On Governance

This post was originally posted at jonobacon.org. You can read it here

While writing a chapter on governance for the Art Of Community, I kick off the chapter with the wonderful story of how Mike Basinger, a volunteer who has never worked for Canonical Ltd, has been able to serve on two of the most significant governance bodies in the Ubuntu community. I think the story itself speaks well for the Ubuntu governance infrastructure; an infrastructure that other Open Source projects have also been building on for their own communities too.

I asked Mike what excited him about the Ubuntu community and he described it eloquently:

“What excites me about the community governance is the sense that Ubuntu is a community of thousands of people from every country, race, sex, and religion who have got together and said ‘we want computing to be this way’. Linux and Open Source has enabled this as opposed to what Microsoft or Apple tell you. It is the sense that our community’s governance is open and anyone who wants to contribute can and has a say in the direction of Ubuntu. It is that the community’s main focus is to help each other, be that is write code, create documentation, or answer questions from our users.”

That made the hairs on the back of my neck stick up. :)

3 Responses to “On Governance”

  1. David Thomas February 17, 2009 at 9:51 pm #

    Wow, that is exactly how I feel. Every one in our LoCo has a vote. You feel like you belong and when you feel like you belong you want to contribute. I’ve said it before it really is what makes Ubuntu stand apart from other distributions. However, I see the trend moving to this type of community thinking.

  2. Ellis February 19, 2009 at 11:47 pm #

    I think it’s fairly easy to govern a community when it’s aim is clear. The problems arise when people want to shift the aim.

    For example, what would happen if some of the Ubuntu community wanted to move to another Linux set-up, or push towards a full integration with Windows? I’m obviously speaking hypothetically, but I have a “sit-down” policy for leading my community. This sometimes makes it difficult when you see unwise, ill-informed ideas being brought to the table.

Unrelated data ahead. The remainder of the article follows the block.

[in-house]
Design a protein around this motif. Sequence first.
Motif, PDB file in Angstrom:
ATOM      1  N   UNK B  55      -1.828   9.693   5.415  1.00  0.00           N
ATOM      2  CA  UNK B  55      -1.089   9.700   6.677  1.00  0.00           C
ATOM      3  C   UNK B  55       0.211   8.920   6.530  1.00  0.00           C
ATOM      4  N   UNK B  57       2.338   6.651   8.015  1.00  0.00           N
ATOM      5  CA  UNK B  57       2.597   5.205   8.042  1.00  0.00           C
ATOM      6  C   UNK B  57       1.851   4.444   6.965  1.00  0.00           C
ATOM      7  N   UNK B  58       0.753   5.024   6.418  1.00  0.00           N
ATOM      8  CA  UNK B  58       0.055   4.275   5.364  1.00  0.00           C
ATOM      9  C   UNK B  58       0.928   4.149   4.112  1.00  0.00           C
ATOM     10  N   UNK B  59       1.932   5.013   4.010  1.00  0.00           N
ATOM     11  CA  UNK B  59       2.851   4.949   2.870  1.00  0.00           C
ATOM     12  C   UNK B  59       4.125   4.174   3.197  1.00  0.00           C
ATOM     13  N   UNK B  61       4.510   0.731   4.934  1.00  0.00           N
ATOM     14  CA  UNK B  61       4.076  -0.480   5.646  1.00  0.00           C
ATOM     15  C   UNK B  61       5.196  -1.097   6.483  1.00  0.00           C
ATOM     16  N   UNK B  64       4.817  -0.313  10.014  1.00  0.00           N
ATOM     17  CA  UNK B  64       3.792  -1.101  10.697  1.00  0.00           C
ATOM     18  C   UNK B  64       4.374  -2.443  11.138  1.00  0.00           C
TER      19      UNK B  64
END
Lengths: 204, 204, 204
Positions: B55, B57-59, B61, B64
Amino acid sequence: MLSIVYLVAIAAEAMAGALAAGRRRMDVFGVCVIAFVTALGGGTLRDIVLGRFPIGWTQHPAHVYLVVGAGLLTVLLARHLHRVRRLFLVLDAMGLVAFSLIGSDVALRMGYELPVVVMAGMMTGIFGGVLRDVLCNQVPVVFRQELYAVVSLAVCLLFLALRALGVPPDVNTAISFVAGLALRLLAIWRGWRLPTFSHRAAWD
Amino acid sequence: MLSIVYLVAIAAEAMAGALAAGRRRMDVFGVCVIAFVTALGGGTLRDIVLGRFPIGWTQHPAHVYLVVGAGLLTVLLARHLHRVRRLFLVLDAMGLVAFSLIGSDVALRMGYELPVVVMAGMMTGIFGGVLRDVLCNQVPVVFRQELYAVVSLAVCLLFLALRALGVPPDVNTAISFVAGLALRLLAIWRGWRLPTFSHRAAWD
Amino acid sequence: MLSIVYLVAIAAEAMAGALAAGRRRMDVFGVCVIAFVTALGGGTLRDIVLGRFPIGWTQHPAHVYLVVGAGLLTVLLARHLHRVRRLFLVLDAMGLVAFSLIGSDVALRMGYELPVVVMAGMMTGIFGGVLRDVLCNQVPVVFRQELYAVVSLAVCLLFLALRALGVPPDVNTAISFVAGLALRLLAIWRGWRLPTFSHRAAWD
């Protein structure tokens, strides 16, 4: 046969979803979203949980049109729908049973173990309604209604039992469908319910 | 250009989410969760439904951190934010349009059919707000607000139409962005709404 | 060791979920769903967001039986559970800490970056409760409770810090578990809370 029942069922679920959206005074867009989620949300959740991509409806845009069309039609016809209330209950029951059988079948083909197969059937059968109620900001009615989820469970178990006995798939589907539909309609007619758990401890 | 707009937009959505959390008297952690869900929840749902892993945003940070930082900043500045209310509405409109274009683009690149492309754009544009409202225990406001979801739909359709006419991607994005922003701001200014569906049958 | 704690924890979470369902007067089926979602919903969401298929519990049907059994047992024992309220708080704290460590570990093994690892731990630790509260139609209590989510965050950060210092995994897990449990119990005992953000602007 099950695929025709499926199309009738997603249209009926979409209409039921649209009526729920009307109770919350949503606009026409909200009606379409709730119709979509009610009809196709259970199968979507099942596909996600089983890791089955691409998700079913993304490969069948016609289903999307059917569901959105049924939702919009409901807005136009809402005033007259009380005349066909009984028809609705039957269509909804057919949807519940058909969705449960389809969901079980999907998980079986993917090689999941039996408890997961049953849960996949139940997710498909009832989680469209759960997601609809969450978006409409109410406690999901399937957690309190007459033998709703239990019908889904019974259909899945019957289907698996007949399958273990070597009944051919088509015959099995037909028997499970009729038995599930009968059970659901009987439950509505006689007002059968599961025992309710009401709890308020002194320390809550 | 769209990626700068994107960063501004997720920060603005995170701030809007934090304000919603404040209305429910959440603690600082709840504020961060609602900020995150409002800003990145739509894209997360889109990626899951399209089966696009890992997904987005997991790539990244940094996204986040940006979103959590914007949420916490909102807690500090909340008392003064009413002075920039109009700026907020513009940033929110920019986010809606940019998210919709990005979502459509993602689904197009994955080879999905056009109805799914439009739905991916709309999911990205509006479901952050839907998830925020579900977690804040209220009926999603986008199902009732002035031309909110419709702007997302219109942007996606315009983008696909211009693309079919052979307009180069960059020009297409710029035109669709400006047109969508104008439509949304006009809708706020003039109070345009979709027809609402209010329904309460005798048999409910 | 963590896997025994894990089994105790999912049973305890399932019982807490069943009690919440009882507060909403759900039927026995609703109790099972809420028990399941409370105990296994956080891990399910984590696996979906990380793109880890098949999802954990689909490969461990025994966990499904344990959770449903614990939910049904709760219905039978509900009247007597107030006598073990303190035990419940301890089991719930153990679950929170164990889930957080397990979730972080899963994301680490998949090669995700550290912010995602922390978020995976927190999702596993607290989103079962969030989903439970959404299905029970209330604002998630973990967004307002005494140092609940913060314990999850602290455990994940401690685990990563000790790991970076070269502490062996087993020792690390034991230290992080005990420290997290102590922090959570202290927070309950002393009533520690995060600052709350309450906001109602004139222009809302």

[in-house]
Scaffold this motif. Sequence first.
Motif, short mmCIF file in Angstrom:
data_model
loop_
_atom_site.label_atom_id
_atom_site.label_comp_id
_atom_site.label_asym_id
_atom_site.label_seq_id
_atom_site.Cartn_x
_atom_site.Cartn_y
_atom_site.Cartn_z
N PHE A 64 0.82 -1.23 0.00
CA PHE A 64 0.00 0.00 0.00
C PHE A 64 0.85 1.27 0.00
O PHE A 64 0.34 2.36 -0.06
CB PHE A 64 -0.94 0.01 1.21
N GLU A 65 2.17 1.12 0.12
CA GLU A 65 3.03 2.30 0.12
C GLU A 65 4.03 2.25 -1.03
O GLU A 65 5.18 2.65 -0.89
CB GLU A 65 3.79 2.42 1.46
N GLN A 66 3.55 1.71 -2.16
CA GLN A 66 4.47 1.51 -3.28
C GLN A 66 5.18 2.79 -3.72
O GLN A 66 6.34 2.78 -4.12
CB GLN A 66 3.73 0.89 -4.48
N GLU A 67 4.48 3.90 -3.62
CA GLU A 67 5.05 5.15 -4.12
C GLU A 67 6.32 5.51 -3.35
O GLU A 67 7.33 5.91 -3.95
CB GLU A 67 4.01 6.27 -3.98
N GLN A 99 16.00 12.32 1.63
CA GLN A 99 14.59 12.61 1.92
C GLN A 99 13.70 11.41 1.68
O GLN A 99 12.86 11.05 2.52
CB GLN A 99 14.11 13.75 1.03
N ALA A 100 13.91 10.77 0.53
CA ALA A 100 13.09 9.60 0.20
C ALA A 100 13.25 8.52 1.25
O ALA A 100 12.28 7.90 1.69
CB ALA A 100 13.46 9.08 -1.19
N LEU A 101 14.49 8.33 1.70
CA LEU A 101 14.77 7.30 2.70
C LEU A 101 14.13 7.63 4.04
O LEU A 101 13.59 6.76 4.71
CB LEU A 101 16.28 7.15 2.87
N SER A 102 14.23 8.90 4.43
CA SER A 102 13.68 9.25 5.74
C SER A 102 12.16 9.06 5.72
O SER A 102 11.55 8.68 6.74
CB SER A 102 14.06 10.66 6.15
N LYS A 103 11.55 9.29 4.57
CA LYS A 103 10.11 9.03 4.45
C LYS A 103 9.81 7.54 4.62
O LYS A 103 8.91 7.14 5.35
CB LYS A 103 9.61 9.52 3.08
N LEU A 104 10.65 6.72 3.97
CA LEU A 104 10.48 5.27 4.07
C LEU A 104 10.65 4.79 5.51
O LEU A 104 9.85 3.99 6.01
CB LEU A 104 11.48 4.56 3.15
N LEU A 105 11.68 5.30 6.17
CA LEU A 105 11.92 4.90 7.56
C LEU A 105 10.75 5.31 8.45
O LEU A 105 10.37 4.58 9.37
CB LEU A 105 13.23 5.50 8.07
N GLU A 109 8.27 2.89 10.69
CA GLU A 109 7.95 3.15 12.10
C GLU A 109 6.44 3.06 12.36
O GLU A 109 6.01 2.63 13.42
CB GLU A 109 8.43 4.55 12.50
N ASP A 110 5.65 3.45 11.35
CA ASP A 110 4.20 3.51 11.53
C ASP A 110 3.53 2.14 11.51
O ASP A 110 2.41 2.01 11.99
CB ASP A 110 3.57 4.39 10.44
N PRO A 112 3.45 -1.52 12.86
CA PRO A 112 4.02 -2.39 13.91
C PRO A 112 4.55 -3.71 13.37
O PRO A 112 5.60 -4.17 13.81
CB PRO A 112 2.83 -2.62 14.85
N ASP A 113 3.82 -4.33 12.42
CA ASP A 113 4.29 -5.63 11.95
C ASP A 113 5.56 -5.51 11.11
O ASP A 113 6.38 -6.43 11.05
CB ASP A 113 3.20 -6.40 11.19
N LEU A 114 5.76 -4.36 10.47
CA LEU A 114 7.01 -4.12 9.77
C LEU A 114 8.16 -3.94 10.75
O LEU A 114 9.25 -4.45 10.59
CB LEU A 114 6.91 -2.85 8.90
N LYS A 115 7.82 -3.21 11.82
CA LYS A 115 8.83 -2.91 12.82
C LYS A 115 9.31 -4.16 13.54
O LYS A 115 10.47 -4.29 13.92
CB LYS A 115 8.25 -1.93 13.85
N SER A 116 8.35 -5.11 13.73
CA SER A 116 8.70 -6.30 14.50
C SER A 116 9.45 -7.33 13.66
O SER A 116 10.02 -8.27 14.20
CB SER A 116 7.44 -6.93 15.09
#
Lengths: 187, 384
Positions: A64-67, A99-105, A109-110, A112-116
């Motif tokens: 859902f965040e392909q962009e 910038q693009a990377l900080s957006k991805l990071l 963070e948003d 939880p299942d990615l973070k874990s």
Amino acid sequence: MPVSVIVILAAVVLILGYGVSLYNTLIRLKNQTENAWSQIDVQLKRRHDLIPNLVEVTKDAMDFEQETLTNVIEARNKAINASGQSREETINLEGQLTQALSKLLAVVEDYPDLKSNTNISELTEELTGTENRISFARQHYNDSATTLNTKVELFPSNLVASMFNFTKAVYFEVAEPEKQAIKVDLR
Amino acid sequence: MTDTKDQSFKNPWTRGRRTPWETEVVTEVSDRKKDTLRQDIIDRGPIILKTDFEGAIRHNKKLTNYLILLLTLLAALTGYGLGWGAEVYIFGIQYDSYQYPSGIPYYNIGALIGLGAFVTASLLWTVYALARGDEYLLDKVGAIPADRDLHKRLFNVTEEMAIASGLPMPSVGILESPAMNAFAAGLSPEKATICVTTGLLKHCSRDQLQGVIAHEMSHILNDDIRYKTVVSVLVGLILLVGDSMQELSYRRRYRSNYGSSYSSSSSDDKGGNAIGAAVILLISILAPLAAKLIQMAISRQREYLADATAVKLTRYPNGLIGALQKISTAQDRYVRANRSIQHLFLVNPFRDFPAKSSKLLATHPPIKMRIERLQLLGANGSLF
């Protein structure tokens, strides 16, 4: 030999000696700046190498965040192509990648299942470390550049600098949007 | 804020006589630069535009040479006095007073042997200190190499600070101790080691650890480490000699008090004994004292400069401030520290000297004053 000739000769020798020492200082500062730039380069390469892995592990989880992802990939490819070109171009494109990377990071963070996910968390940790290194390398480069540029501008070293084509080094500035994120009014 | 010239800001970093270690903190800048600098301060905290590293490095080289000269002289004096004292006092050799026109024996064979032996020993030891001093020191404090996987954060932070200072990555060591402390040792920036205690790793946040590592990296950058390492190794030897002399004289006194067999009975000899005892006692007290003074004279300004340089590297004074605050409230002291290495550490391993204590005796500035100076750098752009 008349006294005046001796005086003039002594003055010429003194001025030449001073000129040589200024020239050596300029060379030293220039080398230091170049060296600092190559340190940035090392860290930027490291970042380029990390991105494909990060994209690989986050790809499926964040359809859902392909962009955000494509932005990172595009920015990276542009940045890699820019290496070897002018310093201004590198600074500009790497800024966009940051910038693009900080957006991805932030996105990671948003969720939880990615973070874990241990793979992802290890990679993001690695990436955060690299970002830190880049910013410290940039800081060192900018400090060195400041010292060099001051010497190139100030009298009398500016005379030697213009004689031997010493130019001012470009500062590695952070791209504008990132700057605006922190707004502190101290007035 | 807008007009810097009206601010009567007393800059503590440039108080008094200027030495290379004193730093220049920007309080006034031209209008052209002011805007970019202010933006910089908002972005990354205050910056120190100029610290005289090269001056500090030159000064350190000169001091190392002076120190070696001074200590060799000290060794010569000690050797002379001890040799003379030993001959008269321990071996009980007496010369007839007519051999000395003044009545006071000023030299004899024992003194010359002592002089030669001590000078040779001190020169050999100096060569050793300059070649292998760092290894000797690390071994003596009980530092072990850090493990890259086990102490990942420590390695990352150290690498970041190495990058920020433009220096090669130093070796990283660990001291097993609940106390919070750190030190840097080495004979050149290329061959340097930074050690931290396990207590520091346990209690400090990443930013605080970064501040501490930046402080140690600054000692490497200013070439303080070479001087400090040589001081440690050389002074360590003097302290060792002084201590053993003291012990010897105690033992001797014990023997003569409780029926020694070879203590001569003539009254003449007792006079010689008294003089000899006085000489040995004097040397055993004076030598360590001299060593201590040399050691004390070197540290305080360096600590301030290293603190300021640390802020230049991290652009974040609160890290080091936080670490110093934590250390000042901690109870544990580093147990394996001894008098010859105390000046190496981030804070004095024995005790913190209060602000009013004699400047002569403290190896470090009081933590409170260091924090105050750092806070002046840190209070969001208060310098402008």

It would be easy to say let nature take it’s course, but governance of a community is also about protection. And sometimes we may need to protect ourselves against the popular vote.

    What systems/processes do you have in place to allow for such corrections? Do you have these within Ubuntu?

    nb. i lead a christian community where the majority of teaching is done around a meal and is discussion based where everybody is allowed to bring their thoughts/insights… er… to the table regardless of background or creed- (i think i’ve said that last bit before)

  3. Sense Hofstede February 22, 2009 at 3:46 pm #

    A good governance body lets people be heard and is semi-democratic. However, when problems arises it also should be able to act quickly on its own without having to endlessly consult the community. Because of this, the governance body should be open to anyone who is suitable, qualified and has enough support from within the community.

    At Ubuntu NL we’re currently discussing the crisis and how to solve it. The thing that stands out most is the fact that there is only something constructive done when someone with authority says: this is what we’re going to do. Otherwise people keep discussing things over and over without coming to an agreement.

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